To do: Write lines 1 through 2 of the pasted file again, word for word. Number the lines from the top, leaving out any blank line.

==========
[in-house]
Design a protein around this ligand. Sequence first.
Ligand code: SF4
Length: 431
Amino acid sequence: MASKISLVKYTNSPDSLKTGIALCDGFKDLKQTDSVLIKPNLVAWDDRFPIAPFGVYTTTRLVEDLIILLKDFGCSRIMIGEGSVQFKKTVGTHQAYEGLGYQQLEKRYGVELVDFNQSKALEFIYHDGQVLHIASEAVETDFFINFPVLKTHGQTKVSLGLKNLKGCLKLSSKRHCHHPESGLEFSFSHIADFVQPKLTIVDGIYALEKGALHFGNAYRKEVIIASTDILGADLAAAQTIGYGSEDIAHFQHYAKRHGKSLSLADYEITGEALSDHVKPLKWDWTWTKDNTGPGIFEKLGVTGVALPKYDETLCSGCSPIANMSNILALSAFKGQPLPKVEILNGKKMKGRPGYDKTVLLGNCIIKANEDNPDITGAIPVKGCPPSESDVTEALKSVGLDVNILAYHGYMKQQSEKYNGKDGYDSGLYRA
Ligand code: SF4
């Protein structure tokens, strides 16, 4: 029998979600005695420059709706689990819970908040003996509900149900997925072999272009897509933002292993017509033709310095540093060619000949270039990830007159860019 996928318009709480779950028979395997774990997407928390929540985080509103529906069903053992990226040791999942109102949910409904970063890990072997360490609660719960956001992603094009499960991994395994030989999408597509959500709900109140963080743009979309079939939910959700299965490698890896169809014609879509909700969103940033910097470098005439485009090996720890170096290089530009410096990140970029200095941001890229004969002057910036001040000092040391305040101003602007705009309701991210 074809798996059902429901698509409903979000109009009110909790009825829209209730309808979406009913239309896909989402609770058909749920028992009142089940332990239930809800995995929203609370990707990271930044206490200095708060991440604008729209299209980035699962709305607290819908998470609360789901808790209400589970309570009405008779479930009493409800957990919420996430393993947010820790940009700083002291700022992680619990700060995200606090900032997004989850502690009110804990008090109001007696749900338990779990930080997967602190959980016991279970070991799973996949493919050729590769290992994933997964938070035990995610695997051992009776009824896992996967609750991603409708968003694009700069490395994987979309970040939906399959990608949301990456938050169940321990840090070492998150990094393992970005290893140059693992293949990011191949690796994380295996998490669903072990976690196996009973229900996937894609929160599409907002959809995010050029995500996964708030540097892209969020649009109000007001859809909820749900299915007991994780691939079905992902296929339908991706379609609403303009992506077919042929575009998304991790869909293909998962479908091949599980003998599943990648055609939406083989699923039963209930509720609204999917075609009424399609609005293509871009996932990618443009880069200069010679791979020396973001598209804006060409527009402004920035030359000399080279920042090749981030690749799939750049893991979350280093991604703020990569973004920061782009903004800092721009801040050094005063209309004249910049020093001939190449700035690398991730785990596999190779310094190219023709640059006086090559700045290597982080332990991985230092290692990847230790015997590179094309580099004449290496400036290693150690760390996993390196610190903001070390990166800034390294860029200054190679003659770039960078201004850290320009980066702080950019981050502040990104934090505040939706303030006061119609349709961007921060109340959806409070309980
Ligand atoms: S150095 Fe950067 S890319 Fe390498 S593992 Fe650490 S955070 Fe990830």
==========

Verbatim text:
[in-house]
Design a protein around this ligand. Sequence first.